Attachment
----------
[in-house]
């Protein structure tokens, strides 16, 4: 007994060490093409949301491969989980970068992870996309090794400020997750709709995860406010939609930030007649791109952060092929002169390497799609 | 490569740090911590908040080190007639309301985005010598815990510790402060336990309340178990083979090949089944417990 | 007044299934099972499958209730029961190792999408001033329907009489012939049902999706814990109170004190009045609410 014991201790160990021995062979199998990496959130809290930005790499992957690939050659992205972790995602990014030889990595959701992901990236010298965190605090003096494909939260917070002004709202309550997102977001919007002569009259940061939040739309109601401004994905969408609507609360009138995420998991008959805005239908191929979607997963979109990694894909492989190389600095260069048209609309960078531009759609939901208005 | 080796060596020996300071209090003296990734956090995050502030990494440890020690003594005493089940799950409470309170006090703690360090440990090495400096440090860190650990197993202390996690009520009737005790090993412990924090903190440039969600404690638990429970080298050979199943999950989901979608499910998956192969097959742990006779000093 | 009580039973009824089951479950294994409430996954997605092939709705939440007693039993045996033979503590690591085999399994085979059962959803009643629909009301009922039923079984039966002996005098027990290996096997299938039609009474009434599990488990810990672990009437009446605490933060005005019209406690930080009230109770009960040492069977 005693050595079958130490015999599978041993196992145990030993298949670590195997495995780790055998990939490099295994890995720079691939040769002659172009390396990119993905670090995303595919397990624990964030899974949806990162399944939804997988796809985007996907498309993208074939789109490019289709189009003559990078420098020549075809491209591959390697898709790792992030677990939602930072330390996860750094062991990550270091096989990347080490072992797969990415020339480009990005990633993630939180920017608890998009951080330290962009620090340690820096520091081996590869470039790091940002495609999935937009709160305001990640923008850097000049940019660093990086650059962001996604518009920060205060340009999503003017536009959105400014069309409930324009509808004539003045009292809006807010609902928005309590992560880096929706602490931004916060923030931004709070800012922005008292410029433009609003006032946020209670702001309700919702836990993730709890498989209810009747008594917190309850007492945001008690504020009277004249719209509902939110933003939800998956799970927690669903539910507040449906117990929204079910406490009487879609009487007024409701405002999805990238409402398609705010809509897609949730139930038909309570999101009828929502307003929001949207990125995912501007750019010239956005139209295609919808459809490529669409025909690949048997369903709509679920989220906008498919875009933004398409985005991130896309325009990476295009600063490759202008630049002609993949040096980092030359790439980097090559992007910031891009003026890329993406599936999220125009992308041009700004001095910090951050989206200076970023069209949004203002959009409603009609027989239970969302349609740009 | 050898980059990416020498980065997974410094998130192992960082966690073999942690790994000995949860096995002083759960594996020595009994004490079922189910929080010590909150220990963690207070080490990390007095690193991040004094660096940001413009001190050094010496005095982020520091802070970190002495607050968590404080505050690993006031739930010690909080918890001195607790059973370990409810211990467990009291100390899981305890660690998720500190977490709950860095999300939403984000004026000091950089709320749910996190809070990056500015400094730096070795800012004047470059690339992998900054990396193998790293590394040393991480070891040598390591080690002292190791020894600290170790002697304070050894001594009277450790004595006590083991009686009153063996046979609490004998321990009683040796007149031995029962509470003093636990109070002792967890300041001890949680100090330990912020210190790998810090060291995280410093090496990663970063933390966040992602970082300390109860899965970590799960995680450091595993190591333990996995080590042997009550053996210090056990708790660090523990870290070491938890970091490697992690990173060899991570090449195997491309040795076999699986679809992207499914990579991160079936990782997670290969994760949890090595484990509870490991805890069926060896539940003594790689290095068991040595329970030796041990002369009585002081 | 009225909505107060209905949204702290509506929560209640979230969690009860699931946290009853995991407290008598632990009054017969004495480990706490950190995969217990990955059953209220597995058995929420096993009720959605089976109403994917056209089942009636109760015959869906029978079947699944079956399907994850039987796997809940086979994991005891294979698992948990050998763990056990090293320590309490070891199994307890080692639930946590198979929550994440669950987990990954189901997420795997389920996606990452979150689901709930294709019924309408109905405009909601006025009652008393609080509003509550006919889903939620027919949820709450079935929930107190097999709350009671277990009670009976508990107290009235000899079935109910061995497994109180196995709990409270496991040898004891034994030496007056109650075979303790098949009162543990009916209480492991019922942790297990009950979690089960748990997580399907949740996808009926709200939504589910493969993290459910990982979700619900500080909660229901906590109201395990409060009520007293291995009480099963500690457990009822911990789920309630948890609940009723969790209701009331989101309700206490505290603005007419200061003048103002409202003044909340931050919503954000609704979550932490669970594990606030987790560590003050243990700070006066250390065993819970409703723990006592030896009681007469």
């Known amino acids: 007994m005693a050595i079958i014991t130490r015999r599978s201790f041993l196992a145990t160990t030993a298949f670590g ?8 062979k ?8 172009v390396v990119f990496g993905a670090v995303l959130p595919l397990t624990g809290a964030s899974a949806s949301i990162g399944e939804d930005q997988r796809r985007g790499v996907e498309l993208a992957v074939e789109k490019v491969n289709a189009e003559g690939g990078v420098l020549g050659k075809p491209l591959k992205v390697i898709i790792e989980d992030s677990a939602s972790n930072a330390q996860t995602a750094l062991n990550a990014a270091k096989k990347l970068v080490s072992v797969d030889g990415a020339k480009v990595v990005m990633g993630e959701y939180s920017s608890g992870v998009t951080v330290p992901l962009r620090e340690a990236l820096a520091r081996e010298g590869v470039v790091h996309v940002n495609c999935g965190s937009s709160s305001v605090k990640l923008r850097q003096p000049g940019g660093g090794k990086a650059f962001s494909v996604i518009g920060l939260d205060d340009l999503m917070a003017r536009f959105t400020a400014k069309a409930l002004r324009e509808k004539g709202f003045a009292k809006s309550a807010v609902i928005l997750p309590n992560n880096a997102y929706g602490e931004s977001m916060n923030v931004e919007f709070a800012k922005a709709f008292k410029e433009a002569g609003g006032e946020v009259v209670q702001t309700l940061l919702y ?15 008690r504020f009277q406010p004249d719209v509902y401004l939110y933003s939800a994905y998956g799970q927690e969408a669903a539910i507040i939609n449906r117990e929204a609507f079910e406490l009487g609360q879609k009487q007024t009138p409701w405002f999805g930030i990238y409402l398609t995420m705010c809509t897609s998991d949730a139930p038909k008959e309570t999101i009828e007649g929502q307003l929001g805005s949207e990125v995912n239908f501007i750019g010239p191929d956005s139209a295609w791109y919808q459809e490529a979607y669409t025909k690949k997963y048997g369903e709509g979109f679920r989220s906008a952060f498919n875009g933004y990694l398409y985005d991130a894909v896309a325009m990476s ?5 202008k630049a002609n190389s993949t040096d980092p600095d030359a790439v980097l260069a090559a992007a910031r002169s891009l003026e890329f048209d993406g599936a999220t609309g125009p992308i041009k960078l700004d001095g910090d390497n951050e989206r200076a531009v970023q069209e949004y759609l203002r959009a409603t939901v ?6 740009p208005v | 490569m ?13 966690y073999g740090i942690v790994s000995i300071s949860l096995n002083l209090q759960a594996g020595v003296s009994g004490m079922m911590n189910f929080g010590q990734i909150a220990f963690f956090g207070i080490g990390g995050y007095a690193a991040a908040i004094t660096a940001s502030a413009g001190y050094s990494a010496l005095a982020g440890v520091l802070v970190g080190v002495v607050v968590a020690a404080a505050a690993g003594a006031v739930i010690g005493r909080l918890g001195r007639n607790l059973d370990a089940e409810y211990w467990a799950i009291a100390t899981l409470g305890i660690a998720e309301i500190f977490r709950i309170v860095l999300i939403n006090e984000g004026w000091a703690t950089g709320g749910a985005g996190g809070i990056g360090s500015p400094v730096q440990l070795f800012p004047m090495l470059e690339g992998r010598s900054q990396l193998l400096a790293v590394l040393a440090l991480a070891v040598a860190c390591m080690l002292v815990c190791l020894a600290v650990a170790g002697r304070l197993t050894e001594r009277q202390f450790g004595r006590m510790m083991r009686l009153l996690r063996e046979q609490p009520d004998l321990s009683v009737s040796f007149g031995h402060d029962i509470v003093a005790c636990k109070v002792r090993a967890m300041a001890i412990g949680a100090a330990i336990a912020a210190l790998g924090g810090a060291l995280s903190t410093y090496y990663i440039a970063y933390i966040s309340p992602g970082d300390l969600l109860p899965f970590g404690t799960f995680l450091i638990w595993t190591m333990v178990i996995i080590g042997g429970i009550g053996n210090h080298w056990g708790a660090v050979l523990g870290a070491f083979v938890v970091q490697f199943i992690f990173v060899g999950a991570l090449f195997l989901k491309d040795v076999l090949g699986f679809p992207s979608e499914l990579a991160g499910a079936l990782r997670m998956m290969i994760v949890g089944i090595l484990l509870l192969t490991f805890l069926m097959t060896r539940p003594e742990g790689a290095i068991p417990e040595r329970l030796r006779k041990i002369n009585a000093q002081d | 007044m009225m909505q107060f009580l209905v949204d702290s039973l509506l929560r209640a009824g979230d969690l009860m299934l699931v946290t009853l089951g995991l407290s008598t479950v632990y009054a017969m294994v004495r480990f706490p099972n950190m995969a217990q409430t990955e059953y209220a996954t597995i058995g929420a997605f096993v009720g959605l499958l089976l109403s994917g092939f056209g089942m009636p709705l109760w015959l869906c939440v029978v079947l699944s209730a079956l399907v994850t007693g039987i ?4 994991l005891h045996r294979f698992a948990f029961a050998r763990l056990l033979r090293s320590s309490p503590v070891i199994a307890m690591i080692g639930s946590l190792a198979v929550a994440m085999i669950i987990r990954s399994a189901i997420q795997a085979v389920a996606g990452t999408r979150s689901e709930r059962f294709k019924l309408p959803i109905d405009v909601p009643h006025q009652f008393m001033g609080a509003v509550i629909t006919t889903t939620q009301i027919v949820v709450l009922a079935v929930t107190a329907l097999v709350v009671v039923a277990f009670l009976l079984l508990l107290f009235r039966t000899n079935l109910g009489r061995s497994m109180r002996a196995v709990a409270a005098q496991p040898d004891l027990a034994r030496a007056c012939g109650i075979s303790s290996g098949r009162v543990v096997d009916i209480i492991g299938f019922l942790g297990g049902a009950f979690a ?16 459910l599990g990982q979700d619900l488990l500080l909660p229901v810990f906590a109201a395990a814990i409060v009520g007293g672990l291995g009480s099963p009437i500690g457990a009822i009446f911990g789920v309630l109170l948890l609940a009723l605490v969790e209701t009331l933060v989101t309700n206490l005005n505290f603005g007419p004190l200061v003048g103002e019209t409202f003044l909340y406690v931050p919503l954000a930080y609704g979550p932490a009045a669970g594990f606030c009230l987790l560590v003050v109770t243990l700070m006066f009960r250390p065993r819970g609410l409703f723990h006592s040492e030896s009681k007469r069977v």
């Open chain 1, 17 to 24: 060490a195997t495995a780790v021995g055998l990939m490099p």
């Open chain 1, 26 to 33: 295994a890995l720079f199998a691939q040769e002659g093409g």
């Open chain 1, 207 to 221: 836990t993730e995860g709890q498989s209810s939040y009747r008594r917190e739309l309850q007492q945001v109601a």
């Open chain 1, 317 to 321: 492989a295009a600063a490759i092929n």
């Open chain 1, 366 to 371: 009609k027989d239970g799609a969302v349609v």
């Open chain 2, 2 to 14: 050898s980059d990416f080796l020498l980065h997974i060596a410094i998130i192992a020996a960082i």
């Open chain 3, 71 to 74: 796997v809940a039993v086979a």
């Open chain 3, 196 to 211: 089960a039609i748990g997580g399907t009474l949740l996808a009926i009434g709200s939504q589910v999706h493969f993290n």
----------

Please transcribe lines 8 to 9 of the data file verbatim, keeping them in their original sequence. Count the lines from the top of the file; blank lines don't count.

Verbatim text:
């Open chain 1, 366 to 371: 009609k027989d239970g799609a969302v349609v």
């Open chain 2, 2 to 14: 050898s980059d990416f080796l020498l980065h997974i060596a410094i998130i192992a020996a960082i």